This is taken from Sheldon Richman's book, Separating School & State: How To Liberate American Families.
Let our pupil be taught that he does not belong to himself, but that he is public property. Let him be taught to love his family, but let him be taught at the same time that he must forsake and even forget them when the welfare of his country requires it.
- Benjamin Rush, signer of the Declaration of Independence
Why were the public schools ever established? Did the private sector fail to set up schools or set up too few of them? Were large segments of society barred from obtaining education? Was the education of poor quality? The answer to the last three questions is no. The public schools were not established to make up for any deficiency in people's ability to learn to read, write, do arithmetic, and acquire knowledge of other subjects. The government schools were set up for another purpose entirely. [Snip]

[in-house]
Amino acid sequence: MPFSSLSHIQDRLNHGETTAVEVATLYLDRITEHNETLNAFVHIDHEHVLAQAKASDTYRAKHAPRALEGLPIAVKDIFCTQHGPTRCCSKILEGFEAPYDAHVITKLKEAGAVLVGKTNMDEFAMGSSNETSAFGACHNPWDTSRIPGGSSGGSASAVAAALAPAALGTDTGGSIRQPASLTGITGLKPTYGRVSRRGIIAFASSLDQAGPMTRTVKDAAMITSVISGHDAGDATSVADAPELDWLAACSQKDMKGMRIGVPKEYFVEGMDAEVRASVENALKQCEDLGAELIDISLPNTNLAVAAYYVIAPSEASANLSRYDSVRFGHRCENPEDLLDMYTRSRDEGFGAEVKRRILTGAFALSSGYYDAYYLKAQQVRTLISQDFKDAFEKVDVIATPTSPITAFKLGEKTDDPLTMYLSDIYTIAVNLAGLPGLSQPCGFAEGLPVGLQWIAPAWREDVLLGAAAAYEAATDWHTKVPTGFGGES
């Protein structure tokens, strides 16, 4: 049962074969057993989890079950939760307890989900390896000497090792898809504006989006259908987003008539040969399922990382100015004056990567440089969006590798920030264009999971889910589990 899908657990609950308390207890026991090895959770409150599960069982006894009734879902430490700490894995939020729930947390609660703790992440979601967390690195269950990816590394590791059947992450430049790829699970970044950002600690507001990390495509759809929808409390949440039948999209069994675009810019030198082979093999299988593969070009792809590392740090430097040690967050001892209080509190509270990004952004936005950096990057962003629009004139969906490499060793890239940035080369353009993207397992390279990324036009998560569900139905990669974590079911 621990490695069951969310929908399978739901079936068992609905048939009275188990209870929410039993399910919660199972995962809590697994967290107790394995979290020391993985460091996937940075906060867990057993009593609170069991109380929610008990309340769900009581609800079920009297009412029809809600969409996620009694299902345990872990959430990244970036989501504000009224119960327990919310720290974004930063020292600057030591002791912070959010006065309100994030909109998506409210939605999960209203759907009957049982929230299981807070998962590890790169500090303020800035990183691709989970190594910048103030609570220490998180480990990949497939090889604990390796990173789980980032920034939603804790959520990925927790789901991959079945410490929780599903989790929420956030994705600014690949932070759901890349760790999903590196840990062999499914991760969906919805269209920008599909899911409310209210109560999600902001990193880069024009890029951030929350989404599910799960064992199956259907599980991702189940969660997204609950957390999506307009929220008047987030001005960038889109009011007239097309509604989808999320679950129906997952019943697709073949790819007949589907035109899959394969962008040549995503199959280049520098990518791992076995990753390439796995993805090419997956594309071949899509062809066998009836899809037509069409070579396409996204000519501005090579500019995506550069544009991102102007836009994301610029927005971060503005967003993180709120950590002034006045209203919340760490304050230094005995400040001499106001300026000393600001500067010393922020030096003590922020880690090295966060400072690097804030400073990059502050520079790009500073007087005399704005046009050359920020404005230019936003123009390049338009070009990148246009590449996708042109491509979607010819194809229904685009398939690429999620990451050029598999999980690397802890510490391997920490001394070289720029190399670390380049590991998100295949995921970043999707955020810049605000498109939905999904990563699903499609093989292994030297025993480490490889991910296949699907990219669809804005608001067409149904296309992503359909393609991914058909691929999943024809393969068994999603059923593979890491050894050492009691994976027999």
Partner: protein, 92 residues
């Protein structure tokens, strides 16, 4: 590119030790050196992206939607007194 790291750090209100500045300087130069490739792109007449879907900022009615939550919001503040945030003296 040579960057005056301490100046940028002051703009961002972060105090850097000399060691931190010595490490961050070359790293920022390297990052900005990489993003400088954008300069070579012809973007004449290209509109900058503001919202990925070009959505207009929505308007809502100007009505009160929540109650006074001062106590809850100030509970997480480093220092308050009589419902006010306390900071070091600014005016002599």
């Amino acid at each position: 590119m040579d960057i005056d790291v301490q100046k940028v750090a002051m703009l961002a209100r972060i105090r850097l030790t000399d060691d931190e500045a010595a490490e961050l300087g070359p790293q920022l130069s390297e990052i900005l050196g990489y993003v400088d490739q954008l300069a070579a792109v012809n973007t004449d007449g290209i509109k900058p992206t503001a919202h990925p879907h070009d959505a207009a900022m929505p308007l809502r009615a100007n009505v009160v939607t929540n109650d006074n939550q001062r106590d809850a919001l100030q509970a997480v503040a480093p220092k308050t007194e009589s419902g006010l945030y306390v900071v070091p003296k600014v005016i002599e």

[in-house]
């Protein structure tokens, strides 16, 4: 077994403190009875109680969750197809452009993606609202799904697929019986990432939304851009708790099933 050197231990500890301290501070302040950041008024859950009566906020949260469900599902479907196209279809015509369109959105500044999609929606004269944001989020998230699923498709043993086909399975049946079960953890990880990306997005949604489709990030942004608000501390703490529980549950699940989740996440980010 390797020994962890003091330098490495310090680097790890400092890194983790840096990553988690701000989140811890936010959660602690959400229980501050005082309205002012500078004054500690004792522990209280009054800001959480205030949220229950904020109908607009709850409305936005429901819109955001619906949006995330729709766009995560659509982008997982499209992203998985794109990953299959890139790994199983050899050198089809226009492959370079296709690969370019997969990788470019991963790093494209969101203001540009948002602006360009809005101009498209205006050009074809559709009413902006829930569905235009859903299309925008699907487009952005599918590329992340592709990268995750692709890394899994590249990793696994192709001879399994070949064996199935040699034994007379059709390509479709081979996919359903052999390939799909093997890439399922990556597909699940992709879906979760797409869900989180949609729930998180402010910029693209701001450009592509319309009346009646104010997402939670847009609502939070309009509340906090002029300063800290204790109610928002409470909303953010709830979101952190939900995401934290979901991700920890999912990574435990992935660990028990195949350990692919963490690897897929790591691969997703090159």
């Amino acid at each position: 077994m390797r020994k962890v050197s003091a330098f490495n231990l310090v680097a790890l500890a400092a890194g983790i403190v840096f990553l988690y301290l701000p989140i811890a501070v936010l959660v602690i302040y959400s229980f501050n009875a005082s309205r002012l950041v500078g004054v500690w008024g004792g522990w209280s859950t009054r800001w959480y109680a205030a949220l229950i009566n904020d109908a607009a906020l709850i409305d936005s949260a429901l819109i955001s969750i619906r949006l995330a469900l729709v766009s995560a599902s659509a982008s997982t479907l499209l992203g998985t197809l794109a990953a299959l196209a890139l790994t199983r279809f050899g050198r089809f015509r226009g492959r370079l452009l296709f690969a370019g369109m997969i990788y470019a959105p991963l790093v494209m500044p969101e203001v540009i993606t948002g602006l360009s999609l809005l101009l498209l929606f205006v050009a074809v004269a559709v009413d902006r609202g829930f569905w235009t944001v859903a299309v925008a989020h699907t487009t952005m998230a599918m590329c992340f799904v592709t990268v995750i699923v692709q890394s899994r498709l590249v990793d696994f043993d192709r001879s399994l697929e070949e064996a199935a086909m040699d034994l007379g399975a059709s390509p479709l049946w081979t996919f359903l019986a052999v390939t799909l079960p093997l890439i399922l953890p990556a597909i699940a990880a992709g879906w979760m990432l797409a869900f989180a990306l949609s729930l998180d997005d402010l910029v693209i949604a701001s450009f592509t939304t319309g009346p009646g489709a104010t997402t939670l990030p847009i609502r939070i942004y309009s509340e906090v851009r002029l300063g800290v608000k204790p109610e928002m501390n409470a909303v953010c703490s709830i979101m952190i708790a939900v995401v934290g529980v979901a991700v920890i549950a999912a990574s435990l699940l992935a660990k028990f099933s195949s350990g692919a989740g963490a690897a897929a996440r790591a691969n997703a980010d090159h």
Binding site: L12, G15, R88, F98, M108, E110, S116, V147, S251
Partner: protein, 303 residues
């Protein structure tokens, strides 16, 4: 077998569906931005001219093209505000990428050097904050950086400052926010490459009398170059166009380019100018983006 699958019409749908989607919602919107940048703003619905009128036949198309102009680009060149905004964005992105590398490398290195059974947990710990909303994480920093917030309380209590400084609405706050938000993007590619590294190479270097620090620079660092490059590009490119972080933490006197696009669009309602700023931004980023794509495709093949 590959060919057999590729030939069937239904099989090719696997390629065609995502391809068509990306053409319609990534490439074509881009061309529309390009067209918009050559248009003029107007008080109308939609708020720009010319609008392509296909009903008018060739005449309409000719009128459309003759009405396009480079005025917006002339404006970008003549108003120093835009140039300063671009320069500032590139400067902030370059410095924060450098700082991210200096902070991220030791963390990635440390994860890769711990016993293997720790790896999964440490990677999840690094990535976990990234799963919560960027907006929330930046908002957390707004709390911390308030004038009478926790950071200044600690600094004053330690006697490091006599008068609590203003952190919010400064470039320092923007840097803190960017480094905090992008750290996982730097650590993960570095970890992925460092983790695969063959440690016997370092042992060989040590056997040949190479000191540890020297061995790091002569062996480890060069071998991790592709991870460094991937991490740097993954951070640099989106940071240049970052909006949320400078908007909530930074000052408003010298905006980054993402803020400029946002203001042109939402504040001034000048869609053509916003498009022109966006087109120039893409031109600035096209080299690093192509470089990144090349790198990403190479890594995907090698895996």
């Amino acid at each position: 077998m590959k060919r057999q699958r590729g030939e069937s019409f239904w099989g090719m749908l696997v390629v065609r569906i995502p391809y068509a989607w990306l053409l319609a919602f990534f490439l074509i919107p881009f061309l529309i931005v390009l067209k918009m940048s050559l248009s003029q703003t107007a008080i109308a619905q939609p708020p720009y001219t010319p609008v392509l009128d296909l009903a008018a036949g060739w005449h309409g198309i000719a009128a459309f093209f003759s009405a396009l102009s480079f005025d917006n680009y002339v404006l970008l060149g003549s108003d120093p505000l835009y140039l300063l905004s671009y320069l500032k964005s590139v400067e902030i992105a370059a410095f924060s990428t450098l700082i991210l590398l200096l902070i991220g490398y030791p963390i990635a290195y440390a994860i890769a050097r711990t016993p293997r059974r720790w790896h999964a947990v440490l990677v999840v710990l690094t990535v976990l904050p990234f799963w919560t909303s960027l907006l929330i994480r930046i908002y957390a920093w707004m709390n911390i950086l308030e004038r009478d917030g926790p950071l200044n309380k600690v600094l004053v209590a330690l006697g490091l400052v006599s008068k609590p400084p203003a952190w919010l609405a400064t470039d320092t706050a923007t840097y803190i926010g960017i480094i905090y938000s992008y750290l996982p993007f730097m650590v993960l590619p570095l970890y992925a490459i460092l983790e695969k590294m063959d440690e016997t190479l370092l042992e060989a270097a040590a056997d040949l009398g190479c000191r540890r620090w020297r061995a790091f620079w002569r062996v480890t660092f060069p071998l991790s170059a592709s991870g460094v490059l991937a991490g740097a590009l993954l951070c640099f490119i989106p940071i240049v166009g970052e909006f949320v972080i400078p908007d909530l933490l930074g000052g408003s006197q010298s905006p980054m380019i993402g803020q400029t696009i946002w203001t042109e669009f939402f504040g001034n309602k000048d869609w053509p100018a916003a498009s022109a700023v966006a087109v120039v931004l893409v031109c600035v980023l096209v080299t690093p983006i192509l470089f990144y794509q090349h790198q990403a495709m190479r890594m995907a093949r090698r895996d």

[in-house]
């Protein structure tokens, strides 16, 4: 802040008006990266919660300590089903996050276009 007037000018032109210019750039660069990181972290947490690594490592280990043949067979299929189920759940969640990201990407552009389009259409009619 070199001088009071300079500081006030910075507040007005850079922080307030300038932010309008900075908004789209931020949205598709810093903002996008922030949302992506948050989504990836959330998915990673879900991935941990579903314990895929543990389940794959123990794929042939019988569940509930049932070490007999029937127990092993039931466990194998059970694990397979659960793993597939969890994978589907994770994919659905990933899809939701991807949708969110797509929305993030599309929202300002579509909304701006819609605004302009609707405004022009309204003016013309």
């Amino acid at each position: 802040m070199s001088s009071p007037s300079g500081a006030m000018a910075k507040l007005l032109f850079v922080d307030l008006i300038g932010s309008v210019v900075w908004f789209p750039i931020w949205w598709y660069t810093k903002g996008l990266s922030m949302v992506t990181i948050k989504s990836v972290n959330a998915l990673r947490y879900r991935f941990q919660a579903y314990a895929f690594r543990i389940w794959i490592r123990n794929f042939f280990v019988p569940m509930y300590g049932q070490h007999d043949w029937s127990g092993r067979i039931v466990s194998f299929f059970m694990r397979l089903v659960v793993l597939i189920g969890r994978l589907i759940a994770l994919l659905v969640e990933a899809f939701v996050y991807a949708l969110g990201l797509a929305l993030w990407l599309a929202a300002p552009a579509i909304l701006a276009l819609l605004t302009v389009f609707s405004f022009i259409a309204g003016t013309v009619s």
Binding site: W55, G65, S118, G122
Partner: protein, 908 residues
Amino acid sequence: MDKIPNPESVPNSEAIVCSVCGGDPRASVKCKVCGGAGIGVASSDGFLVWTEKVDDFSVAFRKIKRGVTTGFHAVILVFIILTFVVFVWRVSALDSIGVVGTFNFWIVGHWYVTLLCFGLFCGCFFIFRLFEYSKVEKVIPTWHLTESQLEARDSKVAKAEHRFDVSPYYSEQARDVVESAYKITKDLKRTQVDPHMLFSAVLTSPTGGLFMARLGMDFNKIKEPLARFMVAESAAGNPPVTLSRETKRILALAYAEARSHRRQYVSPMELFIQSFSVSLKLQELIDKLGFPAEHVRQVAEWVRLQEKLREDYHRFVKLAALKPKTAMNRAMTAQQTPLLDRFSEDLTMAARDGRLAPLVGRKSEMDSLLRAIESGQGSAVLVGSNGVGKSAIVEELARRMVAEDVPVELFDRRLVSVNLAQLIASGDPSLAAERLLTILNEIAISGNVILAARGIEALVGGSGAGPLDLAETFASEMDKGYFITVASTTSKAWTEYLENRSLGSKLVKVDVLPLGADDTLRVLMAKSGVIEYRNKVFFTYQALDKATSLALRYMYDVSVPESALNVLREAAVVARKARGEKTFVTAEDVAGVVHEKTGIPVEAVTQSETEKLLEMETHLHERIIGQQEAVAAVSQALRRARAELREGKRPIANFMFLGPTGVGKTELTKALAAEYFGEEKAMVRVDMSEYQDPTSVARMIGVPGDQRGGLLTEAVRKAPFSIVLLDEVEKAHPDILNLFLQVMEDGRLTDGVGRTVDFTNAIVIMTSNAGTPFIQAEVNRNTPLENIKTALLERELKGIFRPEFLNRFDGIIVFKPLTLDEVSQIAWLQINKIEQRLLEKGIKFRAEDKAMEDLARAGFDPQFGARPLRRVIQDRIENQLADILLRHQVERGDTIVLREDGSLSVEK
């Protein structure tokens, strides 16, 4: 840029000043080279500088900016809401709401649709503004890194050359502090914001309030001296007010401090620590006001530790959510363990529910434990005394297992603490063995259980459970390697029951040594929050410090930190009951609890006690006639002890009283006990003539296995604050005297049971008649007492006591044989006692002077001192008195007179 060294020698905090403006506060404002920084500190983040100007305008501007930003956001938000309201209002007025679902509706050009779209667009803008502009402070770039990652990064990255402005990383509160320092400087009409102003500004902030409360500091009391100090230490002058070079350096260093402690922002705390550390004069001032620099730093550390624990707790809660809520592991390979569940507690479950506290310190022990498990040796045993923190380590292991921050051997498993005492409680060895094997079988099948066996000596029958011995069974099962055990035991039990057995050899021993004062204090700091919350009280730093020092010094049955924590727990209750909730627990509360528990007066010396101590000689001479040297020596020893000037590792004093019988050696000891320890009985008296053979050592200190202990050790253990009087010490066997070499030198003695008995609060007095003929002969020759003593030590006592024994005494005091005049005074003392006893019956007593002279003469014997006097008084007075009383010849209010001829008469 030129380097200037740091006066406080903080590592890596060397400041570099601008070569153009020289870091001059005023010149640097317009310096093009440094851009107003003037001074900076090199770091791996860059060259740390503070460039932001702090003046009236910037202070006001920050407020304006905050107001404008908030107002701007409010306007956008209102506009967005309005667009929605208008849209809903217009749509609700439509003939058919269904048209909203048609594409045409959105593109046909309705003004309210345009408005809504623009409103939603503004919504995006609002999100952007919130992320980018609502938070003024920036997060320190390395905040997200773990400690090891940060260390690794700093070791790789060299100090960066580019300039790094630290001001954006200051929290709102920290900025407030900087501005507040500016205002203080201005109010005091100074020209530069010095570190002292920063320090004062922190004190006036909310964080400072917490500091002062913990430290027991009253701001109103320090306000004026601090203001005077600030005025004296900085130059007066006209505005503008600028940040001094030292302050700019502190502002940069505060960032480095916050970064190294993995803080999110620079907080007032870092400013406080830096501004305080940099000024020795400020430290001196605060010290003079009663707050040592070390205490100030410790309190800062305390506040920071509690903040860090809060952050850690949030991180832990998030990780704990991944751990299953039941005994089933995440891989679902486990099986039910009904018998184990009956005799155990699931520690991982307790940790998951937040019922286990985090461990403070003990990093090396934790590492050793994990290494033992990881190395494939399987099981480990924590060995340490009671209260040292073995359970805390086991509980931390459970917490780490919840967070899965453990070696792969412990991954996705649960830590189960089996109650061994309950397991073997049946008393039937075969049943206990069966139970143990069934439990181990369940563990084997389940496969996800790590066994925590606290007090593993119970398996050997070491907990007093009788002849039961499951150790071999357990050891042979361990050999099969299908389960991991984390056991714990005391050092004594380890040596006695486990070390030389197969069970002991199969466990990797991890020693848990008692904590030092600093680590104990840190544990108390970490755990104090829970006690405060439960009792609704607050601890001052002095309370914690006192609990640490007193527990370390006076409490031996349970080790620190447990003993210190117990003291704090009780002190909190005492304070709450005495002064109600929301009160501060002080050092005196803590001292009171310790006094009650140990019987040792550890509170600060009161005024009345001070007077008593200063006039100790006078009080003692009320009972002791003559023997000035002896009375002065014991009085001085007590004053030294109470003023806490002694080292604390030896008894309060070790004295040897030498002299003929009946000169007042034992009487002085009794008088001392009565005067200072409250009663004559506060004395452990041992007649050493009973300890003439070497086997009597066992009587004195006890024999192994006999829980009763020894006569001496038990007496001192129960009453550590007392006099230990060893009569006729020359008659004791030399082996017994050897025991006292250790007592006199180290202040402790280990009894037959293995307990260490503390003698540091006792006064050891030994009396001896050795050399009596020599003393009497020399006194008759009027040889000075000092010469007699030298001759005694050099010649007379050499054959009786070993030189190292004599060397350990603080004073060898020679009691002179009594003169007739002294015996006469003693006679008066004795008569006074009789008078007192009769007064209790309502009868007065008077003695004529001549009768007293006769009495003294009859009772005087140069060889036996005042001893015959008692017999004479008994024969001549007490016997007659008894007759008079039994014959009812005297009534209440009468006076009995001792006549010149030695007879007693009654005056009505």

Throughout history, rulers and court intellectuals have aspired to use the educational system to shape their nations. The model was set out by Plato in The Republic and was constructed most faithfully in Soviet Russia, Fascist Italy, and Nazi Germany. But one need not look only to extreme cases to find such uses of the educational system. One can see how irresistible a vehicle the schools would be to any social engineer. They represent a unique opportunity to mold future citizens early in life, to instill in them the proper reverence for the ruling culture, and to prepare them to be obedient and obeisant taxpayers and soldiers. Unsurprisingly, rulers and intellectuals jumped at the chance to make the schools a mill for the creation of Good Citizens. That motivation has been part of every effort to establish government schools.